Same as figure 1, but the results of the first Born approximation are represented by a dotted line, those of the second Born approximation calculated by using the closure approximation: ar w = 0 au by a dashed line, ar w = 0.5 au by a full curve, ar w = 2.5 au by a dash–dotted line and experiments by squares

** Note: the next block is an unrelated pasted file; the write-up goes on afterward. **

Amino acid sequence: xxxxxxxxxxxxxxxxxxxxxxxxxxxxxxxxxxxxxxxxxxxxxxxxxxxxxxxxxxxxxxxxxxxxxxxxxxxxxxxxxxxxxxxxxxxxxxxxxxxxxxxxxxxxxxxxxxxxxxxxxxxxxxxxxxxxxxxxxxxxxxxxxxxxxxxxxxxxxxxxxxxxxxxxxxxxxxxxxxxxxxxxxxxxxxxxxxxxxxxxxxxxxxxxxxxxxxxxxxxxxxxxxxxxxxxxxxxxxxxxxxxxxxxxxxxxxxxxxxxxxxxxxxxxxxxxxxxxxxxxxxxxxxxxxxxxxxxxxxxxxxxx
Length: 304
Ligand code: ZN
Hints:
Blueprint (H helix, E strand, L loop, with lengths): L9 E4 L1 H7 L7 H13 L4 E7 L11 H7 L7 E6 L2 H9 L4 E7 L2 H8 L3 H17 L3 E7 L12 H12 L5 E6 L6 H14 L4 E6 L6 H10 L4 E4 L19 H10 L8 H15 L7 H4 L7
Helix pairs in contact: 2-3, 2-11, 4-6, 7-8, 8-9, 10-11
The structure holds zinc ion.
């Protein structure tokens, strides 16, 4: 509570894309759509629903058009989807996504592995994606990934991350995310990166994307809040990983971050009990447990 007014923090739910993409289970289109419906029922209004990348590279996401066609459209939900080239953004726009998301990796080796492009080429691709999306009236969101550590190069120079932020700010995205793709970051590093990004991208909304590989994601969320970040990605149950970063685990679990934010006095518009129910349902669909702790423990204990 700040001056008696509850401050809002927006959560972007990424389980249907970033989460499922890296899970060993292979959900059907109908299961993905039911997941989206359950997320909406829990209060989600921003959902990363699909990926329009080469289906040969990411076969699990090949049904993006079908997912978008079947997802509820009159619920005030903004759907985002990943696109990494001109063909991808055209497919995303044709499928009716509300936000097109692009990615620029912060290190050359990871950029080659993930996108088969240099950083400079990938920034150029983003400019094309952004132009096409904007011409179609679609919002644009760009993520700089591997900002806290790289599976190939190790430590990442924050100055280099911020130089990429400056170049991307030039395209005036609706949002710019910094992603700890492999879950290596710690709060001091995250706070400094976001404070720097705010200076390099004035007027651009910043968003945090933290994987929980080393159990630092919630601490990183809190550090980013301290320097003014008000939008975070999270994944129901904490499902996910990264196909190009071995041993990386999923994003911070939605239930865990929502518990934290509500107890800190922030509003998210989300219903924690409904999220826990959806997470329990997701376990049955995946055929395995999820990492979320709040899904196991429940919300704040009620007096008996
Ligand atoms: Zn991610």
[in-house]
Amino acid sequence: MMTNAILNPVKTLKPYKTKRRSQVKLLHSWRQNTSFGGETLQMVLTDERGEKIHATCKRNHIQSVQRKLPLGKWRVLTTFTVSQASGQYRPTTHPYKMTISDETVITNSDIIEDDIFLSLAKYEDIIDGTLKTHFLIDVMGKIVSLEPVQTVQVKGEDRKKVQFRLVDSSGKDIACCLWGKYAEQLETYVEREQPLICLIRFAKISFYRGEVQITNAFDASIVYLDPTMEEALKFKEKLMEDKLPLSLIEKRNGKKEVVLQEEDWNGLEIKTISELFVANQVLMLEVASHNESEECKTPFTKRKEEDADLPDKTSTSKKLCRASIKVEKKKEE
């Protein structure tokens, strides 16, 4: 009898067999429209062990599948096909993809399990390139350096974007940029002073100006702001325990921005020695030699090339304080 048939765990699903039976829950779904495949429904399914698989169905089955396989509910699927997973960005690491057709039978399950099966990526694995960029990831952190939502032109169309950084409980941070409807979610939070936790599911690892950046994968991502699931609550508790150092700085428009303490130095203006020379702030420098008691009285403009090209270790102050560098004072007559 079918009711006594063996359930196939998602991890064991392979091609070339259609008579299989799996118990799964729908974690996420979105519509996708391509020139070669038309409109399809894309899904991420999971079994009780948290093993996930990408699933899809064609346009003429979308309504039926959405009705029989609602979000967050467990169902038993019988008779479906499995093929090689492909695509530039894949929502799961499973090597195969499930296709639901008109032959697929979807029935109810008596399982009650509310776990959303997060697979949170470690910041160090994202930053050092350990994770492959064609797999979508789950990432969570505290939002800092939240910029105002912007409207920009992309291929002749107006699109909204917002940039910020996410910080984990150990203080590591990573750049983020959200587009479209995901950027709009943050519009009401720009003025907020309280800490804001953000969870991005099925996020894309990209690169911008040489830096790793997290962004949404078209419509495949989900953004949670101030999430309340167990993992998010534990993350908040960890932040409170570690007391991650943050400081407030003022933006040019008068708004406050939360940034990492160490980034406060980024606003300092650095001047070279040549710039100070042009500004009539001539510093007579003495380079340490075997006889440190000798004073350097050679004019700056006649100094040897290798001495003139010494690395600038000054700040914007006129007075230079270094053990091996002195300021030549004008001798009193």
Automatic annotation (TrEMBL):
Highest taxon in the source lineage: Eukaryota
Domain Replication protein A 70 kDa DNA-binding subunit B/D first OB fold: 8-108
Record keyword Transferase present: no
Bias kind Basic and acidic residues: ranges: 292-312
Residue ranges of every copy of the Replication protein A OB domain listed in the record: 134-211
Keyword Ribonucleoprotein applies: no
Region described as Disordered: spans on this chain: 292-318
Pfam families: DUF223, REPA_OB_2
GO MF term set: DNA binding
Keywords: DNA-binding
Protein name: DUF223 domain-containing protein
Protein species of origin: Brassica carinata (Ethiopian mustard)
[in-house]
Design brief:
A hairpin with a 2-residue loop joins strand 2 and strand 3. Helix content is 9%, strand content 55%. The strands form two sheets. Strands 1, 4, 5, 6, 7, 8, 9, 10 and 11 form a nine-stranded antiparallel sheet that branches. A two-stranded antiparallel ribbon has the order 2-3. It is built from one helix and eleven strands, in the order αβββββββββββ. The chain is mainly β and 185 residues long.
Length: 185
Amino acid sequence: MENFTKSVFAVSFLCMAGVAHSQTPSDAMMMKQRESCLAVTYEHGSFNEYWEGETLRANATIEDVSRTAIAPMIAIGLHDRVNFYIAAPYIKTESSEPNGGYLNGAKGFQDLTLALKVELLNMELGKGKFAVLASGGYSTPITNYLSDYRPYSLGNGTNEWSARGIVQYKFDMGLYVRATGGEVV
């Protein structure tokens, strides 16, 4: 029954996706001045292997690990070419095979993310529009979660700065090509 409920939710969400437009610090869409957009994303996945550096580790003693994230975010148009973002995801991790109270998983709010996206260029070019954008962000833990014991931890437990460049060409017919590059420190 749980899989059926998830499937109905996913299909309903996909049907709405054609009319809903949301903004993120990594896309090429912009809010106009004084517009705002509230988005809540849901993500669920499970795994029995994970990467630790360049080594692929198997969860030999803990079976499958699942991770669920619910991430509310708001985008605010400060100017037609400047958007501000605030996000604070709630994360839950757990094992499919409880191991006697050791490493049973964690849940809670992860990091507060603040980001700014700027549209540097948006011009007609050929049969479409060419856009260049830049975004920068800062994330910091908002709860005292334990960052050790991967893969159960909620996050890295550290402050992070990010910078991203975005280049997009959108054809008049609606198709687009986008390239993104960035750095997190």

<p><strong>Figure 13.</strong> Same as figure <a href="http://iopscience.iop.org/0953-4075/46/14/145203/article#jpb468343f1" target="_blank">1</a>, but the results of the first Born approximation are represented by a dotted line, those of the second Born approximation calculated by using the closure approximation: \bar w = 0 au by a dashed line, \bar w = 0.5 au by a full curve, \bar w = 2.5 au by a dash–dotted line and experiments by squares.</p> <p><strong>Abstract</strong></p> <p>The second Born approximation is often used, particularly when we study double processes such as the ionization–excitation and the double ionization of atoms and molecules by charged particles. But when we apply this approximation, it needs the knowledge of all excited states of the target. In this study, we apply the second Born approximation by using 294 excited and pseudo-states for the ionization of atomic hydrogen by electrons. We compare the results of our model with those given by other models and to all experiments performed with an incident energy of 250 eV. We show that our new version of the second Born approximation gives better agreement than previous versions even for high values of the energy of the ejected electrons (50 eV).</p>